299. Portland State: In March, you might remember when an unknown coach went viral for saying he doesn’t eat breakfast and that he drives an old beat up car without AC or heat. That coach: Portland State’s Jase Coburn. I kinda can’t wait to see what he does here. 

300. Texas A&M Corpus Christi: Steve Lutz spent the past decade-plus serving as an assistant to Greg McDermott at Creighton and Matt Painter at Purdue. The Islanders should ferment into a fun offensive group in time. This year’s leader will be senior guard Myles Smith.

301. Air Force: Joe Scott’s teams always rank at the bottom in tempo. If it’s a first-to-70 affair, AFA is usually not winning that race. But this year’s team will be better than the 5-20 collective from last season.

302. Southern: The Jaguars’ average KenPom ranking the past three seasons under Sean Woods: 297. I’ve got Southern in the top half of the SWAC due to its respectable 3-point capability. 

303. UNC Wilmington: The Seahawks lost 11 league games to COVID cancellations last season. Rough. This team brings on eight new players, including the not-so-common “boomerang” transfer: a guy who started at one school, left, and came back. That’s Jaylen Fornes, a career 38% 3-point shooter.

304. Rider: The Broncs were one of the worst defensive teams in the nation, and it was made worse by the fact that this team suddenly stopped getting to the foul line. After ranking 18th in free throw rate on average the three prior seasons, Rider was 240th in 2020-21.

305. Western Illinois: One of those programs without a rudder. It claims only one 20-win season (in 2012-13) in the past 35 years. The school is heavily rumored to soon leave the Summit to join the OVC.

306. Towson: Transparency: Every year when I do this there are five-or-so teams that invariably pop up and I wind up ranking them a good 40 or 50 spots below where my gut tells me I should. But I get the feedback from other coaches in the league, look at the roster, see the trends, and trust. But if Pat Skerry’s Tigers end as a top-250 team, it won’t surprise me in the least. 

307. Grambling: A round of applause for Tigers coach Donté Jackson, who in his first four years at Grambling has a record of 63-58. Grambling has been .500 or better all four seasons. It’s the first time in the history of the program it’s gone four straight years of .500 or better.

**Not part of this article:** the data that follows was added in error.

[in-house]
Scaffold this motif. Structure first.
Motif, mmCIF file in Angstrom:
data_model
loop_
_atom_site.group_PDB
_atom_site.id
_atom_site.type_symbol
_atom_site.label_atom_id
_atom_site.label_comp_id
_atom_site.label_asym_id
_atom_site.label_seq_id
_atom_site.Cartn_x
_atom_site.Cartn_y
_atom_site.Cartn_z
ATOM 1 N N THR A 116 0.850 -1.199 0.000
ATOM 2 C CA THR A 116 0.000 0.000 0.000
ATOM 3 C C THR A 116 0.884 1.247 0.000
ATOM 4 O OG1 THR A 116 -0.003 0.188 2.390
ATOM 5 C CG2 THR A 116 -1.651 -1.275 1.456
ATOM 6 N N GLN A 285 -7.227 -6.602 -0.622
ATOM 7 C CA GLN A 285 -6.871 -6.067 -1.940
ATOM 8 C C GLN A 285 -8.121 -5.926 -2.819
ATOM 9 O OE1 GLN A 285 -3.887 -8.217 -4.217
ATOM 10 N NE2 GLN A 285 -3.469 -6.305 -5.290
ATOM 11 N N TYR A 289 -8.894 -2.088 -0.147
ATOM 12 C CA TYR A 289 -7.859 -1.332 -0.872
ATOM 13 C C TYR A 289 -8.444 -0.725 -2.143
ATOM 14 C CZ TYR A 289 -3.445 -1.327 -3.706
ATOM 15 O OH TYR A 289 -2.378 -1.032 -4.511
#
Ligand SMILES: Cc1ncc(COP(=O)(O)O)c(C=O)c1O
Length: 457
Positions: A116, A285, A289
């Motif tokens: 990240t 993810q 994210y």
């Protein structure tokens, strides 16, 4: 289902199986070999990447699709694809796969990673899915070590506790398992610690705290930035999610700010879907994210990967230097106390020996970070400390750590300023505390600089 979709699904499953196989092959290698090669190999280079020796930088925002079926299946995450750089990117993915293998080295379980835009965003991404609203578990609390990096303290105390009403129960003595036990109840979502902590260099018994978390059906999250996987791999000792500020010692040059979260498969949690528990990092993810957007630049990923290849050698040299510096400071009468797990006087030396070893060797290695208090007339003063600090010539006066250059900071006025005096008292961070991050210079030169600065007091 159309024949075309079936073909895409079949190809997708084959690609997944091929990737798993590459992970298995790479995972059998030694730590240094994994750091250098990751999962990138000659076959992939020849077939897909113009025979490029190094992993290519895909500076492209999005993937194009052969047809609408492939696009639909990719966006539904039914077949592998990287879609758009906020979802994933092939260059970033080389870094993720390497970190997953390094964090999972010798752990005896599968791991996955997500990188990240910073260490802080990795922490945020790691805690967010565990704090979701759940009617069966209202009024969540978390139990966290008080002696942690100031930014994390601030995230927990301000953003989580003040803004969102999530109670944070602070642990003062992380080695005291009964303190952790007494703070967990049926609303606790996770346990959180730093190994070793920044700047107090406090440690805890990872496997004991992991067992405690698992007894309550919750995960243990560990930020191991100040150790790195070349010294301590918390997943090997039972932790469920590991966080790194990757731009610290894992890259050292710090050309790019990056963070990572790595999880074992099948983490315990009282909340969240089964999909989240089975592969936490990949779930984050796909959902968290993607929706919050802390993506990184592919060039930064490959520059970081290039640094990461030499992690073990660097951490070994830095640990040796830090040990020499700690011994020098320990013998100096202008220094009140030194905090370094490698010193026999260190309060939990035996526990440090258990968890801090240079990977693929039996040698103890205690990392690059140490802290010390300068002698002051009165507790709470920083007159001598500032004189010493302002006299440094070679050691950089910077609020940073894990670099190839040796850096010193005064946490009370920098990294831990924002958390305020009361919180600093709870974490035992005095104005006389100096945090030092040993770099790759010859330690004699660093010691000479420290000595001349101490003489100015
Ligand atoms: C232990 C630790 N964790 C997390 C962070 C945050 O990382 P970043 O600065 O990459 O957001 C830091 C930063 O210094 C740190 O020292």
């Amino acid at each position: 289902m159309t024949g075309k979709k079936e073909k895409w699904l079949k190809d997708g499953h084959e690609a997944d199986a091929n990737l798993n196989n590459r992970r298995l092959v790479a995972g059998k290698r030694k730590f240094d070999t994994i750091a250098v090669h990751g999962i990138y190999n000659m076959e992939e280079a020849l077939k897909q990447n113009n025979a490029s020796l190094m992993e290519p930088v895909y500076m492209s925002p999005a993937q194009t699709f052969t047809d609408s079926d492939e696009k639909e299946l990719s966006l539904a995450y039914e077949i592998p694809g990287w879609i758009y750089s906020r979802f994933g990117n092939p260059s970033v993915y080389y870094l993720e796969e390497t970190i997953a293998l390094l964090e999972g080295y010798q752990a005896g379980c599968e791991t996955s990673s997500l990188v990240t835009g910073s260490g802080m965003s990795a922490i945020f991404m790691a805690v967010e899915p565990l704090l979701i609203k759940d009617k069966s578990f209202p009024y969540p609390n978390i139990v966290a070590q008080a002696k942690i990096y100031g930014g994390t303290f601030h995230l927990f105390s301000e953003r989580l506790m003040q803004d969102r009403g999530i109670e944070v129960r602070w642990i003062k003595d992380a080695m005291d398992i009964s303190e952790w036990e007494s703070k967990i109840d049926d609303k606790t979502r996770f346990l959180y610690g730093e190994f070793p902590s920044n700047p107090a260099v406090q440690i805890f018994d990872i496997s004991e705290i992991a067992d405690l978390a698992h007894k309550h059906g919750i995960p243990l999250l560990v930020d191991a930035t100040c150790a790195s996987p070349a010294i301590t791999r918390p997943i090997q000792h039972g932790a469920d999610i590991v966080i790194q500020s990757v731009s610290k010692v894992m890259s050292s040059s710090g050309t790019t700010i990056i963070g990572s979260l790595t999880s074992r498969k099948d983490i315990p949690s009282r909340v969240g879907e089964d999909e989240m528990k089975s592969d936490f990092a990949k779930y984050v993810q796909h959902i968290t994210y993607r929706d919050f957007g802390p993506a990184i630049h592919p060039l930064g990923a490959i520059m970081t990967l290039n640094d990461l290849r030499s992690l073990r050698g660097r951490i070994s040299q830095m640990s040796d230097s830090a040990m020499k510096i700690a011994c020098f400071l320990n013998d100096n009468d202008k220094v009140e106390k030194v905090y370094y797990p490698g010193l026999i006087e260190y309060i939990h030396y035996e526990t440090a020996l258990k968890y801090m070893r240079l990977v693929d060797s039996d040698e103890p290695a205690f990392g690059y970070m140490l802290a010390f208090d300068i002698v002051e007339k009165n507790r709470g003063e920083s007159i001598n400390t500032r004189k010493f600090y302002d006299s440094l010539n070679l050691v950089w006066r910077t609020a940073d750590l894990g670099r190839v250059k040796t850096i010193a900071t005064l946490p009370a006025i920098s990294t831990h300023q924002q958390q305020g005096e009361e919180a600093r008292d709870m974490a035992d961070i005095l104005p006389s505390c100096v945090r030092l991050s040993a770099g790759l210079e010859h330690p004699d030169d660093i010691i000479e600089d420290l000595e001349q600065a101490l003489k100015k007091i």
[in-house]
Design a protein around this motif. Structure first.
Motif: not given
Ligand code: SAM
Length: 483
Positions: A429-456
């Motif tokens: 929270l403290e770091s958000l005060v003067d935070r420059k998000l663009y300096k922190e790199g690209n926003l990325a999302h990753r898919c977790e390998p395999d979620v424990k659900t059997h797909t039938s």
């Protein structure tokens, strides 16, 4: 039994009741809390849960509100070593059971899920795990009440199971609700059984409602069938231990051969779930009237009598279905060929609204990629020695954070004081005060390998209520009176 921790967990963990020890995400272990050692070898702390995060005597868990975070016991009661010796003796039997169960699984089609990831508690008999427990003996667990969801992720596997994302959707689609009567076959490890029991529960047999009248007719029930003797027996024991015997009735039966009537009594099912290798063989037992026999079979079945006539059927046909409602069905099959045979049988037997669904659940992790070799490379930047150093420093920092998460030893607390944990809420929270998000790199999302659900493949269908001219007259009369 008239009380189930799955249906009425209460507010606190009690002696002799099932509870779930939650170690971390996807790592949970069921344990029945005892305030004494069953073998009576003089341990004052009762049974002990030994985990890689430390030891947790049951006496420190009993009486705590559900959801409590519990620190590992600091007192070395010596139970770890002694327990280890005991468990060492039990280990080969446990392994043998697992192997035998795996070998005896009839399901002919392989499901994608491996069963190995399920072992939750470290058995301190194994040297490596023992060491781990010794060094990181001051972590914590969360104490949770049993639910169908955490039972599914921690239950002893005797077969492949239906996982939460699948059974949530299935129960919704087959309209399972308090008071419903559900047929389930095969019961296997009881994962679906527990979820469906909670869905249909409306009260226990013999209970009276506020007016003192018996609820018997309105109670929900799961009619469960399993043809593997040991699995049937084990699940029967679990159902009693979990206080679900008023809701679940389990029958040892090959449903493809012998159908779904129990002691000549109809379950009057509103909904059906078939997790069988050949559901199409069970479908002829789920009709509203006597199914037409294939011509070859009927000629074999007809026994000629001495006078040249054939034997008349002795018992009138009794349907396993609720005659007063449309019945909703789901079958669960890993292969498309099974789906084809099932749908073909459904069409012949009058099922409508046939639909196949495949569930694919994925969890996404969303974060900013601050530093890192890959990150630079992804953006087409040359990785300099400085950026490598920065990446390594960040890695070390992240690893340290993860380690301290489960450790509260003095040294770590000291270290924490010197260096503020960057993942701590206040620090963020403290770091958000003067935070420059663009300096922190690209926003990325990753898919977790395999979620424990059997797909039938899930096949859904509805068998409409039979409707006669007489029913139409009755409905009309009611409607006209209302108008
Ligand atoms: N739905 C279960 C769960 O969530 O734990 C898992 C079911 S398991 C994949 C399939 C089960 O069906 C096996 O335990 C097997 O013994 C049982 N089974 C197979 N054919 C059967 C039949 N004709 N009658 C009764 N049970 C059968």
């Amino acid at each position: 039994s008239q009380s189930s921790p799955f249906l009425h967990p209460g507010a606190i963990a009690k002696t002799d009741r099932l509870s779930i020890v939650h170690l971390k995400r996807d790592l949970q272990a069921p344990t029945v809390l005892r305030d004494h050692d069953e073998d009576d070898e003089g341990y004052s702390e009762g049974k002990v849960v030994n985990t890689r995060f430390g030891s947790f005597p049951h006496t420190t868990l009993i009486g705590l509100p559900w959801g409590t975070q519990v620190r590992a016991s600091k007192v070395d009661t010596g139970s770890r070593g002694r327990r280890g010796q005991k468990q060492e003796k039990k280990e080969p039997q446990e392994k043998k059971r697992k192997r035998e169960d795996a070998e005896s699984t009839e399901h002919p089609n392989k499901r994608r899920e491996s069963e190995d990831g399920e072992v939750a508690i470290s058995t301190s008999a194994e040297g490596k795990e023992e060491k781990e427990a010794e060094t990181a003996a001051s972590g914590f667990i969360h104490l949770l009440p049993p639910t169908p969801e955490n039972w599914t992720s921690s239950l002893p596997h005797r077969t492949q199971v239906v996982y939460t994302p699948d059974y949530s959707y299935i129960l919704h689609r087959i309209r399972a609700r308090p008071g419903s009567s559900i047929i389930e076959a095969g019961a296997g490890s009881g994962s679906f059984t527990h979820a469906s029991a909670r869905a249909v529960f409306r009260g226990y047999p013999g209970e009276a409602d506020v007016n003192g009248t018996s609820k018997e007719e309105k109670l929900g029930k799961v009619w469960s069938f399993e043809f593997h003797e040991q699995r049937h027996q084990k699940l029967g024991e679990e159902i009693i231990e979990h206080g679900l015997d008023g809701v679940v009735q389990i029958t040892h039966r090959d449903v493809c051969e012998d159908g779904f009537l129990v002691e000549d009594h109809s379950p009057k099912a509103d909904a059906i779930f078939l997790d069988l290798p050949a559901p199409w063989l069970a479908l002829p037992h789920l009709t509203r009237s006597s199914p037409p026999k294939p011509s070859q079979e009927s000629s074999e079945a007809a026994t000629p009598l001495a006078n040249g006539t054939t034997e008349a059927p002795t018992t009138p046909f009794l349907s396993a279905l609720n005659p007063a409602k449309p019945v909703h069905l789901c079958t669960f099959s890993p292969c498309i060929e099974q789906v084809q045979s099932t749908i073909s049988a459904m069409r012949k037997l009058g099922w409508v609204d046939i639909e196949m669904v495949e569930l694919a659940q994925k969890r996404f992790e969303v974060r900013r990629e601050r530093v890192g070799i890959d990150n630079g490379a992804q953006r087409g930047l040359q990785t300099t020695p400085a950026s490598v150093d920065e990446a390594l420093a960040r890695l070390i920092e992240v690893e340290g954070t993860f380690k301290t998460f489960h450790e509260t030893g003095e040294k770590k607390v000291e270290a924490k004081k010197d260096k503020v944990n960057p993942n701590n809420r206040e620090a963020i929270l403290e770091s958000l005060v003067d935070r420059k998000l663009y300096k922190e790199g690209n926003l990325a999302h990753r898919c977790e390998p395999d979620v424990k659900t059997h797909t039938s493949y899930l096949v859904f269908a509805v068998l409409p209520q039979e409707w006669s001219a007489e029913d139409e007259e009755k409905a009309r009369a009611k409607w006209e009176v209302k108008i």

308. UIC: Flames coach Luke Yaklich, a defensive specialist, actually saw this team’s defensive prowess dip in his first season. This year will be the test, as the Flames have to become a better man-to-man outfit. 

309. Sacred Heart: You can’t accuse me of hometown bias! This is the closest university to where I live, and Anthony Latina routinely overshoots expectations. But it’s looking like the Pioneers will be in a retooling time in the months ahead. 

310. SIU Edwardsville: Briane Barone and his staff believe this program is all but two years away from taking command in the OVC. Freshman Desmond Polk will be among the best first-year players in the conference. 

311. Jacksonville: Not even a 90-minute move for Jordan Mincy, who left his assistant’s post at Florida to take his first head job with the Dolphins. A hodgepodge roster in year one will make for an uphill climb in the second-lowest elevated state.

312. CSUN: Remember when Cal State Northridge hired Mark Gottfried a few years ago when his former NC State program was in the midst of a huge NCAA investigation because of the fallout from the FBI probe? And everyone in college athletics asked what the hell CSUN was thinking? Well, Gottfried and his entire staff got suspended in April, they remain on paid leave, and now the formerly retired Trent Johnson is interim coach. Mess.